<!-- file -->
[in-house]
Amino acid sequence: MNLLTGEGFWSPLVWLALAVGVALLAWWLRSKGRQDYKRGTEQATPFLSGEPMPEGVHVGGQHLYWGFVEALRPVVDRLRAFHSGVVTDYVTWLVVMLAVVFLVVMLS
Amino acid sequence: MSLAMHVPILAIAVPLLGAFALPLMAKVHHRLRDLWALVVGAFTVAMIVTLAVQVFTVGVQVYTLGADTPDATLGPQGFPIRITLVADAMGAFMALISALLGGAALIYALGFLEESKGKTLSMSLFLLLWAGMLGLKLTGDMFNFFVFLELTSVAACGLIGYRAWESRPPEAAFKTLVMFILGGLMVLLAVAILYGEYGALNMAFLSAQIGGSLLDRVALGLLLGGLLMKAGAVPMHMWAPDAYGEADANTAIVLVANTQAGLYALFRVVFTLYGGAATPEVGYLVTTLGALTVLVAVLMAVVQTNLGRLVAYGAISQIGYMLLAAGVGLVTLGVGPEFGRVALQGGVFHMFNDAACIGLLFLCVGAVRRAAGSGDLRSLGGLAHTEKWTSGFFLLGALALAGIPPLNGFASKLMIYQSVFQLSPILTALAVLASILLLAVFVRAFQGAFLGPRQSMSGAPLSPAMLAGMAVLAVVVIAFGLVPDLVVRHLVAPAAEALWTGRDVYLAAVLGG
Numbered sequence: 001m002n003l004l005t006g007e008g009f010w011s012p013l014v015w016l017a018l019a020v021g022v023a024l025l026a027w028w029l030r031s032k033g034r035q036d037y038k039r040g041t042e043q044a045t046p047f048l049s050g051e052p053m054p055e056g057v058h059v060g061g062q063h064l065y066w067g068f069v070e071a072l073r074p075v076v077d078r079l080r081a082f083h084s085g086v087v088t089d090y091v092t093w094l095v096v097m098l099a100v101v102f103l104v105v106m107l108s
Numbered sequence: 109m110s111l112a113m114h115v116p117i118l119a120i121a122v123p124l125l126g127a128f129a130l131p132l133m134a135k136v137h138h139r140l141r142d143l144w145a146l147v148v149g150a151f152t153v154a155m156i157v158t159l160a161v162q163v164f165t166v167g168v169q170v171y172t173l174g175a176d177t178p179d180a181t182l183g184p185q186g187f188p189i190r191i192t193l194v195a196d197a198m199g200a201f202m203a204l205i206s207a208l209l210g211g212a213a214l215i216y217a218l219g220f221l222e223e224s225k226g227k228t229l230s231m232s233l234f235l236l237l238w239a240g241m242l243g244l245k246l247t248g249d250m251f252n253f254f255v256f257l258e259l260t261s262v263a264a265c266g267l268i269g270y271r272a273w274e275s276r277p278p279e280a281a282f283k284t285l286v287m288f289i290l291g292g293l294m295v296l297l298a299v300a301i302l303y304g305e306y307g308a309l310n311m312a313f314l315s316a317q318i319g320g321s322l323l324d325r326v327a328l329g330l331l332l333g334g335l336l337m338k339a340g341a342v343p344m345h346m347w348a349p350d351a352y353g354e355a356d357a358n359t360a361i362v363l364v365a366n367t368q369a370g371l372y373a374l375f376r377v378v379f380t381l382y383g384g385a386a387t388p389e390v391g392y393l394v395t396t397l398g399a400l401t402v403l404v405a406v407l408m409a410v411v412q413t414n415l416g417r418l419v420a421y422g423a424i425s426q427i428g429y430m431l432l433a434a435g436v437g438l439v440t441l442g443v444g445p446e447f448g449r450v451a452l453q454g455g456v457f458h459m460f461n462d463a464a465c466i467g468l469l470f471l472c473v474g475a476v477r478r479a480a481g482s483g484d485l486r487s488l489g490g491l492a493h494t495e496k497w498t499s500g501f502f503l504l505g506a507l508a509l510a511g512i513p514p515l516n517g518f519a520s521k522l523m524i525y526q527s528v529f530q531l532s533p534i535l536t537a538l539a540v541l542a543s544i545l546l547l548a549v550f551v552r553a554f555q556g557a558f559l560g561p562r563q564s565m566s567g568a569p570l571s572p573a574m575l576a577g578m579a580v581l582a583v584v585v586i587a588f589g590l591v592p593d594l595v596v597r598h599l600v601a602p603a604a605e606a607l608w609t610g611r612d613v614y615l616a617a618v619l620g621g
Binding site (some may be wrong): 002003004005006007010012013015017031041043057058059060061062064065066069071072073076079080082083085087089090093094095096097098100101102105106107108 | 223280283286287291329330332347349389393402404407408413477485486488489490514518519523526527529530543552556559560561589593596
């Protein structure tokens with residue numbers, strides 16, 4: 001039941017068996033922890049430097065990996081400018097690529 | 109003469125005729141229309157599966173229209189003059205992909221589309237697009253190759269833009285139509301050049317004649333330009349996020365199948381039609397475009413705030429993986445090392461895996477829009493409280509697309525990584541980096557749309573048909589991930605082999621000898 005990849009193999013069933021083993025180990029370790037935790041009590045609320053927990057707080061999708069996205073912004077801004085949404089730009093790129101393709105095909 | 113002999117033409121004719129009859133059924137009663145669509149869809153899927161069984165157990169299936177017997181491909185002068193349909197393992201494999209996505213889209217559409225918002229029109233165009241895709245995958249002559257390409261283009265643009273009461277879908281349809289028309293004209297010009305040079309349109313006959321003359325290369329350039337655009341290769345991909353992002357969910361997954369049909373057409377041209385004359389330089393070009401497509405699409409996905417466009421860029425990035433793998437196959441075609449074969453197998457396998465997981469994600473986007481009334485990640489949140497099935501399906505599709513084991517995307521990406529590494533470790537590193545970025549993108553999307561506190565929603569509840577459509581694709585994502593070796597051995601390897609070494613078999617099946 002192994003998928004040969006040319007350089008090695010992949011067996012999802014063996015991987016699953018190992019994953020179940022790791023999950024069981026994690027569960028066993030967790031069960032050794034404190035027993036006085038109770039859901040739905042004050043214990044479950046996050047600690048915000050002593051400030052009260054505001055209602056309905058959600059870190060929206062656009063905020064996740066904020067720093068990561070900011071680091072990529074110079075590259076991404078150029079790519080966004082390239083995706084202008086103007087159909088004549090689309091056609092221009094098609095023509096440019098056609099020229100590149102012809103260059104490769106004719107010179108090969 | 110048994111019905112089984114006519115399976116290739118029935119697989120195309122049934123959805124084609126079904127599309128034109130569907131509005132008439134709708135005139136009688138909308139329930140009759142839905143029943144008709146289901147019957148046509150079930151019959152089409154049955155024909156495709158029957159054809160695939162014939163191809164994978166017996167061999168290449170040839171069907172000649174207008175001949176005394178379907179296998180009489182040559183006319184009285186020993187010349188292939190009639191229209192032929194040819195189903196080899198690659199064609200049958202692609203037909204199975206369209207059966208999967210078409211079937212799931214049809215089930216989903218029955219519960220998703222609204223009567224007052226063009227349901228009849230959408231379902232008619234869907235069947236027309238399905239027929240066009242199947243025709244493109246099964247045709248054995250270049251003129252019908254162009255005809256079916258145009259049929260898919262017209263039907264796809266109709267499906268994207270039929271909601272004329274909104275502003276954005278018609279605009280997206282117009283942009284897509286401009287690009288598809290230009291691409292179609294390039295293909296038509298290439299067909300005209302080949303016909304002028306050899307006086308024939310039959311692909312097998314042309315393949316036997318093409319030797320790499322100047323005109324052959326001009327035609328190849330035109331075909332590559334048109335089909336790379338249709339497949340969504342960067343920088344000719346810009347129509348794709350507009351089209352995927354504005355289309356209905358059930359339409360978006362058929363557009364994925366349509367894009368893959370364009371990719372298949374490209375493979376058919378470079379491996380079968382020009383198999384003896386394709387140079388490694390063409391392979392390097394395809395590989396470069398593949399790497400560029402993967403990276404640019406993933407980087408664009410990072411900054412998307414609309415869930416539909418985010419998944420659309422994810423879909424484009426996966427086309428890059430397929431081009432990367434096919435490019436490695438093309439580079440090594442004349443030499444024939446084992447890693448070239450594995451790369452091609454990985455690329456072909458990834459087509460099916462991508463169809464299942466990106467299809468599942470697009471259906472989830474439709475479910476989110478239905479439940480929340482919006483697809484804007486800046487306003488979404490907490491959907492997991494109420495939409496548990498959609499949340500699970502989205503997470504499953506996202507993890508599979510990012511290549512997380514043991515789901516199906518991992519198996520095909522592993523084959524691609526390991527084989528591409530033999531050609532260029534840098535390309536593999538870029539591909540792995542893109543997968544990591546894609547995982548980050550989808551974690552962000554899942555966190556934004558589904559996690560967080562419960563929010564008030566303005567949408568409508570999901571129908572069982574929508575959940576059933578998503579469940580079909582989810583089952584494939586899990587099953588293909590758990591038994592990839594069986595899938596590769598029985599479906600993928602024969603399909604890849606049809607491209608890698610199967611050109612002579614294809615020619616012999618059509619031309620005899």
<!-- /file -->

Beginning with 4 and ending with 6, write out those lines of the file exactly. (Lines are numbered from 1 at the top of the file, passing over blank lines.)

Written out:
Numbered sequence: 001m002n003l004l005t006g007e008g009f010w011s012p013l014v015w016l017a018l019a020v021g022v023a024l025l026a027w028w029l030r031s032k033g034r035q036d037y038k039r040g041t042e043q044a045t046p047f048l049s050g051e052p053m054p055e056g057v058h059v060g061g062q063h064l065y066w067g068f069v070e071a072l073r074p075v076v077d078r079l080r081a082f083h084s085g086v087v088t089d090y091v092t093w094l095v096v097m098l099a100v101v102f103l104v105v106m107l108s
Numbered sequence: 109m110s111l112a113m114h115v116p117i118l119a120i121a122v123p124l125l126g127a128f129a130l131p132l133m134a135k136v137h138h139r140l141r142d143l144w145a146l147v148v149g150a151f152t153v154a155m156i157v158t159l160a161v162q163v164f165t166v167g168v169q170v171y172t173l174g175a176d177t178p179d180a181t182l183g184p185q186g187f188p189i190r191i192t193l194v195a196d197a198m199g200a201f202m203a204l205i206s207a208l209l210g211g212a213a214l215i216y217a218l219g220f221l222e223e224s225k226g227k228t229l230s231m232s233l234f235l236l237l238w239a240g241m242l243g244l245k246l247t248g249d250m251f252n253f254f255v256f257l258e259l260t261s262v263a264a265c266g267l268i269g270y271r272a273w274e275s276r277p278p279e280a281a282f283k284t285l286v287m288f289i290l291g292g293l294m295v296l297l298a299v300a301i302l303y304g305e306y307g308a309l310n311m312a313f314l315s316a317q318i319g320g321s322l323l324d325r326v327a328l329g330l331l332l333g334g335l336l337m338k339a340g341a342v343p344m345h346m347w348a349p350d351a352y353g354e355a356d357a358n359t360a361i362v363l364v365a366n367t368q369a370g371l372y373a374l375f376r377v378v379f380t381l382y383g384g385a386a387t388p389e390v391g392y393l394v395t396t397l398g399a400l401t402v403l404v405a406v407l408m409a410v411v412q413t414n415l416g417r418l419v420a421y422g423a424i425s426q427i428g429y430m431l432l433a434a435g436v437g438l439v440t441l442g443v444g445p446e447f448g449r450v451a452l453q454g455g456v457f458h459m460f461n462d463a464a465c466i467g468l469l470f471l472c473v474g475a476v477r478r479a480a481g482s483g484d485l486r487s488l489g490g491l492a493h494t495e496k497w498t499s500g501f502f503l504l505g506a507l508a509l510a511g512i513p514p515l516n517g518f519a520s521k522l523m524i525y526q527s528v529f530q531l532s533p534i535l536t537a538l539a540v541l542a543s544i545l546l547l548a549v550f551v552r553a554f555q556g557a558f559l560g561p562r563q564s565m566s567g568a569p570l571s572p573a574m575l576a577g578m579a580v581l582a583v584v585v586i587a588f589g590l591v592p593d594l595v596v597r598h599l600v601a602p603a604a605e606a607l608w609t610g611r612d613v614y615l616a617a618v619l620g621g
Binding site (some may be wrong): 002003004005006007010012013015017031041043057058059060061062064065066069071072073076079080082083085087089090093094095096097098100101102105106107108 | 223280283286287291329330332347349389393402404407408413477485486488489490514518519523526527529530543552556559560561589593596